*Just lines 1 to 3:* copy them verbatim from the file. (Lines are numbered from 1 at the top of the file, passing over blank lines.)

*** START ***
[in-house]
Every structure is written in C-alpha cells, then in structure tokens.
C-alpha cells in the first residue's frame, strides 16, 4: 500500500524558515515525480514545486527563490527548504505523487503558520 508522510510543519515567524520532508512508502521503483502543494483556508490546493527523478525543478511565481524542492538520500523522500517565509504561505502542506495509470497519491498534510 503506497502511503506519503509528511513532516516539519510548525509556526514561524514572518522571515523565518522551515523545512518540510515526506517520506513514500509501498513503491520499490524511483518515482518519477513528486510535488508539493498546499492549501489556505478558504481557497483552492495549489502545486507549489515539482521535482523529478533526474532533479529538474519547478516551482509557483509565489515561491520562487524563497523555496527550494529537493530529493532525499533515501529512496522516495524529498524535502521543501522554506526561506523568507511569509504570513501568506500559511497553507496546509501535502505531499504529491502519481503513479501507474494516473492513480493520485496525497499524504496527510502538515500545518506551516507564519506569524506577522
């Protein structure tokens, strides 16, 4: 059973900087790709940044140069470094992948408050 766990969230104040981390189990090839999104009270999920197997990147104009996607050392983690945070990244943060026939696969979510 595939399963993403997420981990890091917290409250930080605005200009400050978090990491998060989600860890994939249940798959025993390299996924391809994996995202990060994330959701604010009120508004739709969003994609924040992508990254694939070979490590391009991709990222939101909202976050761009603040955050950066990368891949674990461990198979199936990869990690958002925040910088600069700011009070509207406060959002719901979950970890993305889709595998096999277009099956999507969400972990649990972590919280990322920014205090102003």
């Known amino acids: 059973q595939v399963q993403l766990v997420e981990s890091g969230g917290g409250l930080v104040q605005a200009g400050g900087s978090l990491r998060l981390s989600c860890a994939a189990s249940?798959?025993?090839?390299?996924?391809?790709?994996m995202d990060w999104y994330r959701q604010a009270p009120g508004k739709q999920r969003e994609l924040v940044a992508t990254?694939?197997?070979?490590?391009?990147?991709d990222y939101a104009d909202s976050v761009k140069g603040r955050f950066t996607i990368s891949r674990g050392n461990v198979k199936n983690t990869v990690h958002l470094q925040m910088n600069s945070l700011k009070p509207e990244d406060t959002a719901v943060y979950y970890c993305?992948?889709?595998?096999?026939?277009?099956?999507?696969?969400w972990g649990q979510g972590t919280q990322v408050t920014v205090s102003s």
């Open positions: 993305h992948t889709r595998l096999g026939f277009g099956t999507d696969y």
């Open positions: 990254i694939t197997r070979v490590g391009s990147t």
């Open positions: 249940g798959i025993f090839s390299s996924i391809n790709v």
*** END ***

[in-house]
Every structure is written in C-alpha cells, then in structure tokens.
C-alpha cells in the first residue's frame, strides 16, 4: 500500500524558515515525480514545486527563490527548504505523487503558520 508522510510543519515567524520532508512508502521503483502543494483556508490546493527523478525543478511565481524542492538520500523522500517565509504561505502542506495509470497519491498534510 503506497502511503506519503509528511513532516516539519510548525509556526514561524514572518522571515523565518522551515523545512518540510515526506517520506513514500509501498513503491520499490524511483518515482518519477513528486510535488508539493498546499492549501489556505478558504481557497483552492495549489502545486507549489515539482521535482523529478533526474532533479529538474519547478516551482509557483509565489515561491520562487524563497523555496527550494529537493530529493532525499533515501529512496522516495524529498524535502521543501522554506526561506523568507511569509504570513501568506500559511497553507496546509501535502505531499504529491502519481503513479501507474494516473492513480493520485496525497499524504496527510502538515500545518506551516507564519506569524506577522